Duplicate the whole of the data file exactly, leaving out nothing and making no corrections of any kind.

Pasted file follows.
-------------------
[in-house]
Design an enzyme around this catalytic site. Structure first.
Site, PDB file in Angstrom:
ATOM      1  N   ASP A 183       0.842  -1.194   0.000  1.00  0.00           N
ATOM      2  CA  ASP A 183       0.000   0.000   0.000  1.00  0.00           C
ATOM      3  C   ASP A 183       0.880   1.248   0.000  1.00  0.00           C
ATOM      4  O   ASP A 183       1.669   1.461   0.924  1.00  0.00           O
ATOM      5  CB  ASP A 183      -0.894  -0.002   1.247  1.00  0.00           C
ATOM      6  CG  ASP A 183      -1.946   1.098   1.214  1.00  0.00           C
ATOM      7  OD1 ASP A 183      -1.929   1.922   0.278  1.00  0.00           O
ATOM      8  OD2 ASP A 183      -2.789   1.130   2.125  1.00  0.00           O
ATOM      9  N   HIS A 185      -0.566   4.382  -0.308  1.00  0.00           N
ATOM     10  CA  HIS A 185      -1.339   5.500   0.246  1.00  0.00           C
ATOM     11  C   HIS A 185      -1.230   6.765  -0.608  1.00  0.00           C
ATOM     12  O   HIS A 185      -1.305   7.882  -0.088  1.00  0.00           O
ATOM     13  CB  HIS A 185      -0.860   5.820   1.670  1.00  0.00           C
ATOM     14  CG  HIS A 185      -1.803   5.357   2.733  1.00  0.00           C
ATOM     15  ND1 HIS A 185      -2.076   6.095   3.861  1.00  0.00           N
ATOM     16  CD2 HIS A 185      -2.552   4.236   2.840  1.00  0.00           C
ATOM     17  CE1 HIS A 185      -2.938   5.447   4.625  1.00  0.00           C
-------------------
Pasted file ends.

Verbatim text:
[in-house]
Design an enzyme around this catalytic site. Structure first.
Site, PDB file in Angstrom:
ATOM      1  N   ASP A 183       0.842  -1.194   0.000  1.00  0.00           N
ATOM      2  CA  ASP A 183       0.000   0.000   0.000  1.00  0.00           C
ATOM      3  C   ASP A 183       0.880   1.248   0.000  1.00  0.00           C
ATOM      4  O   ASP A 183       1.669   1.461   0.924  1.00  0.00           O
ATOM      5  CB  ASP A 183      -0.894  -0.002   1.247  1.00  0.00           C
ATOM      6  CG  ASP A 183      -1.946   1.098   1.214  1.00  0.00           C
ATOM      7  OD1 ASP A 183      -1.929   1.922   0.278  1.00  0.00           O
ATOM      8  OD2 ASP A 183      -2.789   1.130   2.125  1.00  0.00           O
ATOM      9  N   HIS A 185      -0.566   4.382  -0.308  1.00  0.00           N
ATOM     10  CA  HIS A 185      -1.339   5.500   0.246  1.00  0.00           C
ATOM     11  C   HIS A 185      -1.230   6.765  -0.608  1.00  0.00           C
ATOM     12  O   HIS A 185      -1.305   7.882  -0.088  1.00  0.00           O
ATOM     13  CB  HIS A 185      -0.860   5.820   1.670  1.00  0.00           C
ATOM     14  CG  HIS A 185      -1.803   5.357   2.733  1.00  0.00           C
ATOM     15  ND1 HIS A 185      -2.076   6.095   3.861  1.00  0.00           N
ATOM     16  CD2 HIS A 185      -2.552   4.236   2.840  1.00  0.00           C
ATOM     17  CE1 HIS A 185      -2.938   5.447   4.625  1.00  0.00           C